A living will in Jefferson County, Missouri is sometimes called a "healthcare directive" or something similar. But whatever you call it, it's a legally-binding document which provides instructions for your family members as well as you doctors on how you want end-of-life medical care to be handled. It lets them know in advance what you want.

A living will can be extremely important in avoiding painful, expensive, and time-consuming disputes between your family members.

For instance, many people would never want to be kept alive by artificial means if they are in a vegetative state with no chance of recovery. Some, on the other hand, might want to be kept alive indefinitely, because of the slight chance of a miraculous recovery. Obviously, this is a personal decision, and one choice is not "better" than the other. However, there is no middle ground between the two. You probably want the peace of mind that comes with knowing that, if such a issue comes up, your wishes (whatever they are) will be honored.

Additionally, if family members have different opinions of what the patient would want, this can give rise to infighting. Disagreements on such a painful subject can tear families apart. If the patient's wishes are made clear in advance, such arguments and disputes are far less likely.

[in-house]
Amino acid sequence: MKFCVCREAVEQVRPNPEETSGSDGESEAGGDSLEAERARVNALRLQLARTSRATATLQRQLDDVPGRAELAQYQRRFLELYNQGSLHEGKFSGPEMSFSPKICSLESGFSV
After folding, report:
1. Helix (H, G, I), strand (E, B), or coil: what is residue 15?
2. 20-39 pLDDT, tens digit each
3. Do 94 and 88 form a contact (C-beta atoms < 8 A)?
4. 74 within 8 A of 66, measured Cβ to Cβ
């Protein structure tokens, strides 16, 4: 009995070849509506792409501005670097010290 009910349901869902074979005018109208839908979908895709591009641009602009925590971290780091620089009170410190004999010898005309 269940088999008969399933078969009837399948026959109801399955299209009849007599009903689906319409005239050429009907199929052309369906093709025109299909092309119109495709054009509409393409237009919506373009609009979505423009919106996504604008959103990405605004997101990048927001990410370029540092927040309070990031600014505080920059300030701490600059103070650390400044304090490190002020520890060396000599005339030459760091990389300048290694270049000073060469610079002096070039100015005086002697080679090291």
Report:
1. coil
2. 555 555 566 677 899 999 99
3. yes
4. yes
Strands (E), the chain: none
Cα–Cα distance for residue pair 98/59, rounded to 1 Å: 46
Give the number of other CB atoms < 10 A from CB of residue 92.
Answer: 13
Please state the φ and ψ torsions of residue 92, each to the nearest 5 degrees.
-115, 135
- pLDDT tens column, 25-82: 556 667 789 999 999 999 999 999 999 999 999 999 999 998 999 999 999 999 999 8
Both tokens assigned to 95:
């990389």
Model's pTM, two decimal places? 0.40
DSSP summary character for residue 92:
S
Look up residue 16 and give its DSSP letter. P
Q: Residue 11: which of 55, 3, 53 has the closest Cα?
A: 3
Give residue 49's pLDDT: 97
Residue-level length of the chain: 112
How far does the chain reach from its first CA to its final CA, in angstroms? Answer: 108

How to Create A Living Will in Jefferson County, Missouri

Before starting the process, you should make your wishes extremely clear to your family. If your family is aware of your wishes well in advance, it will probably be much easier for them to accept the provisions in your living will, even if they don't agree with them.

You then need to actually draft your living will. This can be made much easier if you have an accomplished Jefferson County, Missouri attorney who practices health law or wills and trusts help you. Even though a simple living will is not terribly convoluted, having professional assistance is always advisable.

Living wills usually have to follow the same formalities as regular wills (the ones that distribute a person's property after their death).

While these requirements are not identical between individual states, there are some common similarities. For example, both testamentary and living wills normally need to be witnessed and signed by 2 people who have no direct interest in your will.

Do I Need A Jefferson County, Missouri Living Will Attorney?

While not strictly necessary, a brilliant estate-planning lawyer in Jefferson County, Missouri can be extremely helpful in the process of drafting a living will. An attorney will understand the intricacies of local law, and will help you draft a document that, to the extent possible, will ensure that your wishes with respect to your own healthcare are followed.